Wesley Norris himself spoke out about the incident after the war, in an 1866 interview printed in an abolitionist newspaper, the National Anti-Slavery Standard. Norris stated that after they had been captured, and forced to return to Arlington, Lee told them that “he would teach us a lesson we would not soon forget.” According to Norris, Lee then had the three of them firmly tied to posts by the overseer, and ordered them whipped with fifty lashes for the men and twenty for Mary Norris. Norris claimed that Lee encouraged the whipping, and that when the overseer refused to do it, called in the county constable to do it instead.
 “Unimpeachable integrity” indeed.
 

Thoughts on Ignorance as a Cause of Post-Partum Depression

I am not a psychiatrist, a medical specialist, or even a scientist, but I have a sneaking suspicion that post-partum depression, while obviously a complex condition, is rooted at least in part in one phenomenon: distorted expectations from lack of sufficient and accurate information.

Likely owing to society’s desire to increase the population of humans, and general squeamishness and avoidance of gross subjects, most women are exposed to only a very topical and rosy view of pregnancy, birth, and motherhood throughout their lives leading up to the decision to reproduce. Everyone’s heard of “pregnancy glow.” On the other hand, things like pregnancy constipation, pregnancy constant flatulence, pregnancy insomnia, pregnancy leaking of urine, and pregnancy leaking of amniotic fluid are less frequently mentioned, if at all. After labor, everyone knows about the “bundle of joy,” but probably not the bundle of shit on the delivery table.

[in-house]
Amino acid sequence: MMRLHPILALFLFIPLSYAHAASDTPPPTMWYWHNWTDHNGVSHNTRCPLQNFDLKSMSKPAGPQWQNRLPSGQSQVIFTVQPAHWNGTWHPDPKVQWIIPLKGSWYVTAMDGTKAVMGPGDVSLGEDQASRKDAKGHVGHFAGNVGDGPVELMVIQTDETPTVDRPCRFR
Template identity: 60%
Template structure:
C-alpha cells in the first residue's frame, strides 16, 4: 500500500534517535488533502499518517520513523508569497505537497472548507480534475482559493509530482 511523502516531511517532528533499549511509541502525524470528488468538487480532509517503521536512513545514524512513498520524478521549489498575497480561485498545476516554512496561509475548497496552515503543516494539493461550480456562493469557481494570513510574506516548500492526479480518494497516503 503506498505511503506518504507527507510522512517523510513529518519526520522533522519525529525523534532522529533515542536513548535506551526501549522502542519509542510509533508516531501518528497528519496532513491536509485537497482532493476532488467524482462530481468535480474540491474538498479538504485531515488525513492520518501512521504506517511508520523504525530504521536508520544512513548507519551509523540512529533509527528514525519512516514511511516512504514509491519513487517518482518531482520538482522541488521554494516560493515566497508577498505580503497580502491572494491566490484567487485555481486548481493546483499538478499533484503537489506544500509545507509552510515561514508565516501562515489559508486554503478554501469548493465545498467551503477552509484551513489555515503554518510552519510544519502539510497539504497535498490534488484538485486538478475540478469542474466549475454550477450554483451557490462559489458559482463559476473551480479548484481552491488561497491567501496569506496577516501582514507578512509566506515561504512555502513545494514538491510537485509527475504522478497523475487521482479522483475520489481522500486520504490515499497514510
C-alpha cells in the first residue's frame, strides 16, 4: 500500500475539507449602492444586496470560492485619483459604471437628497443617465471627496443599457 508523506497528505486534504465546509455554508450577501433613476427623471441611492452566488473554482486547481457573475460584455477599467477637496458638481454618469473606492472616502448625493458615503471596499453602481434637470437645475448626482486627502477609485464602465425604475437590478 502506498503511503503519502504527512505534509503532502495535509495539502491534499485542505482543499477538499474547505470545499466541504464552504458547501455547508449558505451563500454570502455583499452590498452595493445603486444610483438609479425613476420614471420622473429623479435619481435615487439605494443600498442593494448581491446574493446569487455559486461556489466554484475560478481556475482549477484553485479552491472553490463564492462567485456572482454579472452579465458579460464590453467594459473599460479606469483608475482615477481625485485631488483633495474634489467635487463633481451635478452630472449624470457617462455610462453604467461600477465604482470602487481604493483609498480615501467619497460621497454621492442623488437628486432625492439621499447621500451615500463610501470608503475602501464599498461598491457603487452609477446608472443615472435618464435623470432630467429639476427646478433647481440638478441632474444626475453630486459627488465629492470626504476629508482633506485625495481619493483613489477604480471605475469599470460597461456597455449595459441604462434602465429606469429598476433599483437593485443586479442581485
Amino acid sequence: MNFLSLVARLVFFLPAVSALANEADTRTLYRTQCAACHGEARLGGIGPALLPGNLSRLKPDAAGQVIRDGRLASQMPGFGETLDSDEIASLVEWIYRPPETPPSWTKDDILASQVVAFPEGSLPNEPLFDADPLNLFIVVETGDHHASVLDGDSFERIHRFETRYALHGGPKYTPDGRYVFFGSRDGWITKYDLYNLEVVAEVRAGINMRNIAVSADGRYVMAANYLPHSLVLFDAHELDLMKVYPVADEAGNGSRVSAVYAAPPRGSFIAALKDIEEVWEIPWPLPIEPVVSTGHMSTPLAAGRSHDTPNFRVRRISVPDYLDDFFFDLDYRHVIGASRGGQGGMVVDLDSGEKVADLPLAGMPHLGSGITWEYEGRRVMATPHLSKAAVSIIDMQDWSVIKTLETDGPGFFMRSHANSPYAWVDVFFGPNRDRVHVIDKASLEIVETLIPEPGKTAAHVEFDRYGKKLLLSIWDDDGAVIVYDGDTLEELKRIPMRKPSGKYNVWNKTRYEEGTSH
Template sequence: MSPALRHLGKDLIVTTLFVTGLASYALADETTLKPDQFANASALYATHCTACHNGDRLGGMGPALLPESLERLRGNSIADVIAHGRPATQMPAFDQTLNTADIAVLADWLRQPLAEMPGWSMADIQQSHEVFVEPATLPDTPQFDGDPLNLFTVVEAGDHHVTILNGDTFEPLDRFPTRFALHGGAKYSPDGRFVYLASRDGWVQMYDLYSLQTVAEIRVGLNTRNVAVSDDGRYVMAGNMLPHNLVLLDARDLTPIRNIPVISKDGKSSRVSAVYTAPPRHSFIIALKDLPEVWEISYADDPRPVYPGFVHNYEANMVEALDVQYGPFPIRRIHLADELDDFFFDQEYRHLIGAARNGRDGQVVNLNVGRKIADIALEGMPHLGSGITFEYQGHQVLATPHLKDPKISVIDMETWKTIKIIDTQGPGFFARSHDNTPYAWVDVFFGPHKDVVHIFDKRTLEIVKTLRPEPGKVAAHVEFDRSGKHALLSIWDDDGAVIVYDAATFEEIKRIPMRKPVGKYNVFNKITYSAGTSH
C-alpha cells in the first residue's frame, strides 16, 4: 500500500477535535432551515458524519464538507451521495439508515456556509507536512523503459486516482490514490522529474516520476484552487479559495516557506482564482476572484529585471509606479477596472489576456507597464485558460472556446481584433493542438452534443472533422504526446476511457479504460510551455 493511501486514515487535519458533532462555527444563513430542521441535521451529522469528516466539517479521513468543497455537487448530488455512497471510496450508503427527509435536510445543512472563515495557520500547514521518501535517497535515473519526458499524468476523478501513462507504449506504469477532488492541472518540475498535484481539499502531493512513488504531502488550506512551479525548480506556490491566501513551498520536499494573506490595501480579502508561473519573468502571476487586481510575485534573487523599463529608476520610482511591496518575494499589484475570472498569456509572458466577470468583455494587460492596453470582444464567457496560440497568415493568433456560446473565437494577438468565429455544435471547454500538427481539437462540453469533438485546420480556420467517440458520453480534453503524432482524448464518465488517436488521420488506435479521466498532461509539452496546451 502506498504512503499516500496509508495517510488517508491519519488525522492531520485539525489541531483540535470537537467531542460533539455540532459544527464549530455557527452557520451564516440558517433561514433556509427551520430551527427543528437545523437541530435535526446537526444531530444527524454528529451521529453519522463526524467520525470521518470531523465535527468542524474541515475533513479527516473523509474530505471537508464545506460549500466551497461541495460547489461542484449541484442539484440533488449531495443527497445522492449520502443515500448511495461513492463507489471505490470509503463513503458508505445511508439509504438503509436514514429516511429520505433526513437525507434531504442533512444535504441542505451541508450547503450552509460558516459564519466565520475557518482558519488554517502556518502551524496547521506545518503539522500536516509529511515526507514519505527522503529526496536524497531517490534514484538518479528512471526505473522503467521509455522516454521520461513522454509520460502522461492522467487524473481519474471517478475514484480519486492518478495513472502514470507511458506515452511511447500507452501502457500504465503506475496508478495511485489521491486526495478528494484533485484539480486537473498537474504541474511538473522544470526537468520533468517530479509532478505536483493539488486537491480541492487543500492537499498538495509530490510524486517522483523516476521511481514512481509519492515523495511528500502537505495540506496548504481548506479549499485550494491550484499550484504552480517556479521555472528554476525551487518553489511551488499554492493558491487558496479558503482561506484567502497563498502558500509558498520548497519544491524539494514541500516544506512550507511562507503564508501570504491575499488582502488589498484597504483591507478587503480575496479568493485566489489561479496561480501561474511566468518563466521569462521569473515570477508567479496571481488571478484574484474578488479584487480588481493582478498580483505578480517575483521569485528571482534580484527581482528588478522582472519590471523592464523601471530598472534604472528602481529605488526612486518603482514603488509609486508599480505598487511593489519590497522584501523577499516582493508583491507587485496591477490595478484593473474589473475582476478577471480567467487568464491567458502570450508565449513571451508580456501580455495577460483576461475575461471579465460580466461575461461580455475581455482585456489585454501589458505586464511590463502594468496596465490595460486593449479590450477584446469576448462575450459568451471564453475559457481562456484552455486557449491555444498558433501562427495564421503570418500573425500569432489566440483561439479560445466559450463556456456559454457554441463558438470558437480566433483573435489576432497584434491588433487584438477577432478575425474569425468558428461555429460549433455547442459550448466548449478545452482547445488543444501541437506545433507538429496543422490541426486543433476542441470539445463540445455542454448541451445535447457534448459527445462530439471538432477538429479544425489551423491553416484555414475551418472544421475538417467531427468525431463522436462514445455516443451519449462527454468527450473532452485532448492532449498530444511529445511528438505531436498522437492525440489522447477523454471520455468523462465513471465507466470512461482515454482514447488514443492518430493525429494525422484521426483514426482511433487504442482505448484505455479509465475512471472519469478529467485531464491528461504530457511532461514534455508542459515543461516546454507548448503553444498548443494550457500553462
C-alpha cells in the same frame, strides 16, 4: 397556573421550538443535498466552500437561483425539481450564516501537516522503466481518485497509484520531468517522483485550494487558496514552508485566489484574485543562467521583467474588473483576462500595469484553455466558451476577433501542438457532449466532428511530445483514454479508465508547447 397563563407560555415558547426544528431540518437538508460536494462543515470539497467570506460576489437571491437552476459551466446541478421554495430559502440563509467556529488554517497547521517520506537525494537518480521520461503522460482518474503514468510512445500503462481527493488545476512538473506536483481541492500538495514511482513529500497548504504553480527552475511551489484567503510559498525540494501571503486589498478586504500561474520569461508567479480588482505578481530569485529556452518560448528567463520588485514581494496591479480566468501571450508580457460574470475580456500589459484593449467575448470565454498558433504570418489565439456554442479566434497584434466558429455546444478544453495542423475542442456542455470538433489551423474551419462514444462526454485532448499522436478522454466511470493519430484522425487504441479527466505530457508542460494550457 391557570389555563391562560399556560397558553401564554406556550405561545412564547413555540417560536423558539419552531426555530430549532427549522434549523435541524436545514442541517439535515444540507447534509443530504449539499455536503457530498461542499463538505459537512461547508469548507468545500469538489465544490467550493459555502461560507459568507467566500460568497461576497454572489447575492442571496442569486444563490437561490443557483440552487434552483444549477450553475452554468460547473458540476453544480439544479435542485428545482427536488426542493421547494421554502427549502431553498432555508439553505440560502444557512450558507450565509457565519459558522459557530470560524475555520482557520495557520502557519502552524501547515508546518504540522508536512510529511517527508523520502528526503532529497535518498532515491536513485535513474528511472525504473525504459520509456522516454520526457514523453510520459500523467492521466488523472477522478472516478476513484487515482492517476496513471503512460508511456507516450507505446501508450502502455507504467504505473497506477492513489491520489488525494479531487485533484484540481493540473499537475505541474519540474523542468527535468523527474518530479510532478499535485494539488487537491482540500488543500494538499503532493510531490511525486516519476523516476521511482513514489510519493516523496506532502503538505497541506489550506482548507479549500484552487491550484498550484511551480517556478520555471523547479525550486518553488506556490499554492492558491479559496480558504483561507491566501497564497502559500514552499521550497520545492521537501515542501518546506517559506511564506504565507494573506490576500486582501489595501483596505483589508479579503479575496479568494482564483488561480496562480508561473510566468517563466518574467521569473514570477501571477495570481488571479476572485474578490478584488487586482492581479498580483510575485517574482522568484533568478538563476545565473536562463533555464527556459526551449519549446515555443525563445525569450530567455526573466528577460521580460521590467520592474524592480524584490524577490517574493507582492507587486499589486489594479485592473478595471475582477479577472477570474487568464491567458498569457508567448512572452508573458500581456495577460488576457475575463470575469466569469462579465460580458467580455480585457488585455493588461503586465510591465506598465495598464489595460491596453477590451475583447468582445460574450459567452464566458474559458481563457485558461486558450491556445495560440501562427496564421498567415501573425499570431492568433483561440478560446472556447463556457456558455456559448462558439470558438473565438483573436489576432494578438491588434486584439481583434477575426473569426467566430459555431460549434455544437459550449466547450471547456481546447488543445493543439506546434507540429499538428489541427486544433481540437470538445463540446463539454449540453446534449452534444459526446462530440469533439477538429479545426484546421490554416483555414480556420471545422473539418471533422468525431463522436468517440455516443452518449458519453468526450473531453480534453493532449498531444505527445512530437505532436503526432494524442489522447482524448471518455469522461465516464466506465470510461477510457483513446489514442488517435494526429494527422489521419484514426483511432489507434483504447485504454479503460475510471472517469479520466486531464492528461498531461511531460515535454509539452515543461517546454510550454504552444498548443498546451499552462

Unless a woman happens to keep company with a horde of brutally honest women who don’t mind sharing things like a desire to literally die during childbirth because of the horrible pain (thanks mom!); how badly their vaginas tore, got infected, then tore again; among other horrifying stories not fit for dinner conversation, a woman may find herself pregnant and learning these very real possibilities for the first time. Society wants you to think of the glow, not the farting, leaking, pain, tearing, and shitting, because if women carefully considered all these downsides, some undoubtedly would have second thoughts. It is true the more women know and contemplate the implications of these realities, the more careful they are going to be about their decision to reproduce, but this should not be a bad thing.